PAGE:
Twenty-five years ago, a Waupaca High School (WHS) math teacher and small group of students worked together to hold a post-prom party. Their focus was to give students an alternative to the drinking parties that many headed to after prom.
About a dozen students went to the post prom that first year.
Today, about 200 students, basically the entire junior class, go.
“Prom is one thing, but they all tell me that post prom is the most fun. A lot of kids that can’t afford prom or don’t want to go to it go to post prom,” Dale Feldt said.
In the mid-1980s, Feldt was in his first year of teaching math at the school when he started a SADD chapter there.
At that time, SADD was the acronym for Students Against Drunk Driving. Today, SADD chapters stand for Students Against Destructive Decisions.
Feldt got the idea for post prom from his wife, Mary.
She is a physical education teacher at Waupaca Learning Center, but in 1985, she was the teen program director at the Stevens Point Area YMCA. The Portage County Chemical Intervention for Youth, which she was a member of, sponsored a countywide post-prom party. They called it MORP, prom spelled backward.
That first post prom was held at the Waupaca Woods Mall.
“Johnson’s restaurant helped us with the food. We had maybe 10 kids in attendance,” Dale Feldt said. “We showed movies, played games and had a lot of good food.”
The fact that a small number of students attended that first year was tough on the students who organized it, but they persisted in their effort.
“The second year, we were up to 40 kids. After that, it really took off,” Feldt said.
One year, post prom was held at the Indian Crossing Casino and for about 10 years, it was held at the Best Western Grand Seasons Hotel.
“I was still putting it together with just the kids. For about 10 years, we did it ourselves,” he said. “Then, we got word about the Nomads. They started giving funds and started donating $1,000 to our cause. If I remember right, maybe 10 years before I got here, the Nomads had done it (a post prom).”
Each year, the Nomads give $1,000 for post prom, but they are not the only ones who donate money to make it a success.
“The town just donates, donates, donates,” Feldt said. “Every business in town takes care of their kids.”
Donations range from $20 to $200, and he appreciates every one of them. The funds cover the cost of a disc jockey, food and prizes. Prizes include small refrigerators that are perfect for dorm rooms, gift certificates and even kayaks.
Post prom is set up like a casino, and as the students arrive, they receive poker chips, which they can either cash in immediately for prizes or use to play games to try to earn more chips for prizes.
About 10 years in, Marc Simon came on board to be the post prom disc jockey. “He is willing to come in at midnight and goes to 4 a.m.,” Feldt said.
For approximately the last 12 years, post prom has been held at the Veterans of Foreign Wars Post 1037 Hall on Industrial Drive.
“The biggest thing I want to stress,” he said, “is it’s not one person setting it up. It’s the community setting it up.”
As post prom grew, Feldt found he could not do it by himself.
“So, I sent a letter to all the junior class parents,” he said.
Typically, about 20 parents serve on the committee, and Feldt said that as parents joined in, the ideas grew.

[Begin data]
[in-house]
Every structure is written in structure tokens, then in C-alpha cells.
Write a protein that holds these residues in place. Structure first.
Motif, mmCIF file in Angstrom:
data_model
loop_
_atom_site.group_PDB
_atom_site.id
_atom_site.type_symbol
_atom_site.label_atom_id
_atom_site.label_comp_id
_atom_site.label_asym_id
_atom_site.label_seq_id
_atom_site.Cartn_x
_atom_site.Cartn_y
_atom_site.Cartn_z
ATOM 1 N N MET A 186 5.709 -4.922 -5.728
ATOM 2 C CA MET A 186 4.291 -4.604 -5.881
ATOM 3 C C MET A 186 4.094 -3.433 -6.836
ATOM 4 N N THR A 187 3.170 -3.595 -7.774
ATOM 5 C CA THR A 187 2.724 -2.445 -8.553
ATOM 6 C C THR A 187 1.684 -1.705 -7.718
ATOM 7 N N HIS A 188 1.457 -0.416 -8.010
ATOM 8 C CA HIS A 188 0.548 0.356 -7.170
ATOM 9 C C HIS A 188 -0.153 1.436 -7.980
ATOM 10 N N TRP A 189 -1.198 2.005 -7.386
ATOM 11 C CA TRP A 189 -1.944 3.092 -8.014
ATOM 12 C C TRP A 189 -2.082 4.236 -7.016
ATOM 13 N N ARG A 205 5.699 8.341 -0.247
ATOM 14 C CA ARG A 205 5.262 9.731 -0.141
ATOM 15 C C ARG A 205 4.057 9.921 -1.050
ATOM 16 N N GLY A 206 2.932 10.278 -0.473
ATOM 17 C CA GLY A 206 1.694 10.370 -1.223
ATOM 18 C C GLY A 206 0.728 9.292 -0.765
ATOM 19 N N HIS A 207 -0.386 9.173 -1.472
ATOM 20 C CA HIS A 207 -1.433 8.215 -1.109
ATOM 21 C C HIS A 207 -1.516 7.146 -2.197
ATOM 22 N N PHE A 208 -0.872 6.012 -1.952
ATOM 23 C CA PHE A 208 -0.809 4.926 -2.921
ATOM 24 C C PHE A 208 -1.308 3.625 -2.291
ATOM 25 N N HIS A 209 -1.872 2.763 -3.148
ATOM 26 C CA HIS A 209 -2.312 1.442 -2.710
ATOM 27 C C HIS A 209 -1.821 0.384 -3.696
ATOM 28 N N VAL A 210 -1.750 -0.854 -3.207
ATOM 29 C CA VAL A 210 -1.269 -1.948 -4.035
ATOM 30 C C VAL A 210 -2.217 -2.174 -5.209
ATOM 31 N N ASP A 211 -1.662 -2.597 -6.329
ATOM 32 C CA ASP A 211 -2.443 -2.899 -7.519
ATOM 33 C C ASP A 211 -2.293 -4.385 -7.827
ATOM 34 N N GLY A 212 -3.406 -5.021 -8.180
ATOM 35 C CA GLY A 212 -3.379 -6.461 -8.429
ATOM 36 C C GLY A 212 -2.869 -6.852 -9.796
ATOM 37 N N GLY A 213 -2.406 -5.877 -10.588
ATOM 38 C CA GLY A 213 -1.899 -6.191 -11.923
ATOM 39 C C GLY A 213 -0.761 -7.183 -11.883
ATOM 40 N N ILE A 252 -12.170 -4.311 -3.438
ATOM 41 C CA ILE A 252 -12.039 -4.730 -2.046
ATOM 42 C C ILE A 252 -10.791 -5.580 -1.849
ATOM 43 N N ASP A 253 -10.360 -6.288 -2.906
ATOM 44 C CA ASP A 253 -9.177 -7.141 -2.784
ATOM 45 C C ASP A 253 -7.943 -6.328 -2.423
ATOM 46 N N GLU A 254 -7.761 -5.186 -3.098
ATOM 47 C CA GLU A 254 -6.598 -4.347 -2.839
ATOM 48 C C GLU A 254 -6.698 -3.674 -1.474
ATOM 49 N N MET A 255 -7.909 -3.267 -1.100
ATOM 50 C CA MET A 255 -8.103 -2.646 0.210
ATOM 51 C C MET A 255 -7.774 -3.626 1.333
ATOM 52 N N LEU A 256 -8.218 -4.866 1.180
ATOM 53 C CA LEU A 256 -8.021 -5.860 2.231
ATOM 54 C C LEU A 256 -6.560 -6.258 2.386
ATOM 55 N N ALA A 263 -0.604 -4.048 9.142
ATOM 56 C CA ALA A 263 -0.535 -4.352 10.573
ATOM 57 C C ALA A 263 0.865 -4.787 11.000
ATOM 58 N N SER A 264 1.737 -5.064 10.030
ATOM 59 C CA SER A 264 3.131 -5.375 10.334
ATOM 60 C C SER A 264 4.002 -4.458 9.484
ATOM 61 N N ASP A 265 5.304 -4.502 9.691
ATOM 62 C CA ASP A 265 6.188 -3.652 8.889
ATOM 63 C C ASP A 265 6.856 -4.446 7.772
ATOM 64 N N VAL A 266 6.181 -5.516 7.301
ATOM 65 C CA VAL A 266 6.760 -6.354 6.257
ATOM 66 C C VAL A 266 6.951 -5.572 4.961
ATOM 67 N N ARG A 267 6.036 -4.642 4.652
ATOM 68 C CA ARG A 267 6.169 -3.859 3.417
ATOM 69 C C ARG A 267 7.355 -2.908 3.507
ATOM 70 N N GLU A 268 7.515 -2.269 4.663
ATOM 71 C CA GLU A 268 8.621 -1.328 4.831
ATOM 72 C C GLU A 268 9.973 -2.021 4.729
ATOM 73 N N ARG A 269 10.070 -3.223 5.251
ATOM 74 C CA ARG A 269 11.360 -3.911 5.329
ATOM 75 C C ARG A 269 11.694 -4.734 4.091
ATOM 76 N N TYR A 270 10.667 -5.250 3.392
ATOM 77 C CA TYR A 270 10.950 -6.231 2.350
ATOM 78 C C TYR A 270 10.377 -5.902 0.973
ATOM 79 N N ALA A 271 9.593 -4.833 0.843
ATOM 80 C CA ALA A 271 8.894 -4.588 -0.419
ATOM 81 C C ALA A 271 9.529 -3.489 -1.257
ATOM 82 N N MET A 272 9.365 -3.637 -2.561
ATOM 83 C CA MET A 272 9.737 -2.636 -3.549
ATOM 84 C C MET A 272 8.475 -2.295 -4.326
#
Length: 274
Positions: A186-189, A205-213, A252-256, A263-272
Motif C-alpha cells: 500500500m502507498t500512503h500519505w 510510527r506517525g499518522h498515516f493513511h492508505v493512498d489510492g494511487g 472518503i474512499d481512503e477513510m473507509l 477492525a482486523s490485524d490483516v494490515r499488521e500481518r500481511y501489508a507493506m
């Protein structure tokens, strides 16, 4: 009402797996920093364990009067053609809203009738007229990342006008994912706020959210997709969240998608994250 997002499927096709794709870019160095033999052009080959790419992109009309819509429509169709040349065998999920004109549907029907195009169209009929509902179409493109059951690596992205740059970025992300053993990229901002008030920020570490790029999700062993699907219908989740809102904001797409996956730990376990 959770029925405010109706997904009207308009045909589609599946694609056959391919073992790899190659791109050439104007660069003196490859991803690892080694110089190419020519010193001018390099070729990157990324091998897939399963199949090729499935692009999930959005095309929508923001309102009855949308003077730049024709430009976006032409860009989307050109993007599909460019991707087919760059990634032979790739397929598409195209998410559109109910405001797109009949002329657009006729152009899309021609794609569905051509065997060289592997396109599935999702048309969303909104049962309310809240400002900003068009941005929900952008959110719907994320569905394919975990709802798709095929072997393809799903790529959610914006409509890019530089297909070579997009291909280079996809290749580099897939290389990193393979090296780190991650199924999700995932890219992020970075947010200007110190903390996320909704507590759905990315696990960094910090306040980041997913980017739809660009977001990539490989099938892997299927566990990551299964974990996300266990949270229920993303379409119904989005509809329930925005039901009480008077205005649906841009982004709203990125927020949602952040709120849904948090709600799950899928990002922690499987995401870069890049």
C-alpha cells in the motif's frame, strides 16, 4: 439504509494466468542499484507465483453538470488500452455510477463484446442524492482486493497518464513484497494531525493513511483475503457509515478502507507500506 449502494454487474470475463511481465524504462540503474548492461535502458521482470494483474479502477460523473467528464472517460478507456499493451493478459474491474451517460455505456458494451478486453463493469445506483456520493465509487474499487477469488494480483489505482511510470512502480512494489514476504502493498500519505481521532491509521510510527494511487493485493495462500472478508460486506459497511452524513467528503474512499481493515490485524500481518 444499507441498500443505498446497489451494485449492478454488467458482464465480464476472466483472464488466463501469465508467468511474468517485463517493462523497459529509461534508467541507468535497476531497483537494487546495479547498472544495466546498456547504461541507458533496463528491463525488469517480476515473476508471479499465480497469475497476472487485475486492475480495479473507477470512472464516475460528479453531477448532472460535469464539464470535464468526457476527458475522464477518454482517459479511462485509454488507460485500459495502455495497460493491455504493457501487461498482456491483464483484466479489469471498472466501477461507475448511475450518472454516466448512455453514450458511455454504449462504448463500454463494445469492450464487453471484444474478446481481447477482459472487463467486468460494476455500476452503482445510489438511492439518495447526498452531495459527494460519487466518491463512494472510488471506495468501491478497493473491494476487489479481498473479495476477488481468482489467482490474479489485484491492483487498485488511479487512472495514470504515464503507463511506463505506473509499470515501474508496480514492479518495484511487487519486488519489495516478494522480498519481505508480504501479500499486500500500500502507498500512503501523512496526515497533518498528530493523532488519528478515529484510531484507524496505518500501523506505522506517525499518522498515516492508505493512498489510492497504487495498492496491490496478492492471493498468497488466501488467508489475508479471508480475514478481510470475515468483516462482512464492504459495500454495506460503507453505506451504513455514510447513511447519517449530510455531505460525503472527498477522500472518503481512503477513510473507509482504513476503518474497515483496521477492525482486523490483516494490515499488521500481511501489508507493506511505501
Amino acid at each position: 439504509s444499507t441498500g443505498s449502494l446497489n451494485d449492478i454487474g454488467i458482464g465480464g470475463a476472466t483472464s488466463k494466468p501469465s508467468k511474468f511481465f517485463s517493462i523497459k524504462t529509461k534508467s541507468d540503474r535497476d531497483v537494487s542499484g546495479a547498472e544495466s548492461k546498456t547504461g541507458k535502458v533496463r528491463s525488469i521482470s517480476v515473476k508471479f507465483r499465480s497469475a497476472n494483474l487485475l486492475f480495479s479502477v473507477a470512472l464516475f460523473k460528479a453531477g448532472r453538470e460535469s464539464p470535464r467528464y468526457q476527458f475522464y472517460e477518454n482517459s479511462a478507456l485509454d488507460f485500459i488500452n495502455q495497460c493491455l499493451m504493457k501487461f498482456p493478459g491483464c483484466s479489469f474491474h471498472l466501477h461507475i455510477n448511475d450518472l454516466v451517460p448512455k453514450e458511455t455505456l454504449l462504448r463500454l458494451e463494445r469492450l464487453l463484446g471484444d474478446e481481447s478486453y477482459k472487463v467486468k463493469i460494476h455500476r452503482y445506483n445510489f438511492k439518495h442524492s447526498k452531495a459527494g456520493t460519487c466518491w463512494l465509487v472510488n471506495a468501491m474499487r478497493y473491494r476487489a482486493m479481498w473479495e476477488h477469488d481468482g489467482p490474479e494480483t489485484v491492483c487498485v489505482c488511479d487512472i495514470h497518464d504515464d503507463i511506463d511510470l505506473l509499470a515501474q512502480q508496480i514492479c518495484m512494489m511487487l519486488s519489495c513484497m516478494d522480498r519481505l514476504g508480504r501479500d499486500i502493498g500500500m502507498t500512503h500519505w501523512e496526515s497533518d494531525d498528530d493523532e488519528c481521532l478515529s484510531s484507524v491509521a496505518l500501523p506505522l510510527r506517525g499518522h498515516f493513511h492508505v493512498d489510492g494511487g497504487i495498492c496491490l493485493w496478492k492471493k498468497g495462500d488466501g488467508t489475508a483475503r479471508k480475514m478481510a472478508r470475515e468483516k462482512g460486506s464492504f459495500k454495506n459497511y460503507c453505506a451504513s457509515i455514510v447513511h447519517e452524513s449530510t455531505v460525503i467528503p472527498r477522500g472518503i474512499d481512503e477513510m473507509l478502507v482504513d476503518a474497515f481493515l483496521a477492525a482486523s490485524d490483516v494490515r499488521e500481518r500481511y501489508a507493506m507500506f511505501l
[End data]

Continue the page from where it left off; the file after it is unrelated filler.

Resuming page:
Today’s volunteers also include those who once attended Post Prom, such as Joel Kempfert. The first time he worked with Feldt on post prom was when he was a sophomore at WHS and a member of SADD.
“The next year, I had the pleasure of actually participating in the activities. I can’t say as I remember a whole lot about the prom itself, but I do remember the fun we had at post prom.”
When Kempfert returned to Waupaca in 1998 as a teacher, he joined his father Richard’s team at the post prom craps table.
“This at least gives me a chance to take a small part in the festivities. The amount of work that Dale does prior to the night to make it a success is unbelievable,” Kempfert said.
Kempfert says he enjoys being near the door when the students arrive.
“By that time of the night, they are exhausted, but when they look around, they seem to gain that second wind, and Dale is right there greeting them with his usual positive spirit and high energy,” Kempfert said.
. Throughout the night, Dale makes a point of acknowledging the local sponsors for the prizes and food that all the kids get to partake in. The kids truly appreciate this. There are also many thanks to the parents who are there volunteering their time, as well as giving up their sleep, to make this program a success,” he said.
Some students wear their prom attire to the event, while others opt to wear more comfortable clothing.
Feldt said that when the students arrive, they are required to sign in. They also have to sign out when they leave.
If a student signs out shortly after signing in, he calls that student’s parents.
For those who stay until the end, the fast pace they’ve been moving at for most of the day does eventually catch up to them.
“By about 3 a.m., it’s funny to watch them start to drop off,” he said.
Kempfert describes post prom as “an unbelievable program that Dale has built up over the years for the kids with the help of the entire community. It gives our kids a safe alternative to the choices they have after prom, but it is more than that.
“Post prom has become as important as prom to many of the kids in our community. This year, I imagine that the night will end the same way for Dale as it has so often in the past years. He, Marc Simon and I will be packing up after the cleaning is done, watching the sun start to peak out and talk about having the energy one of these years to go out for breakfast. Instead, we all go home to get a bit of sleep.”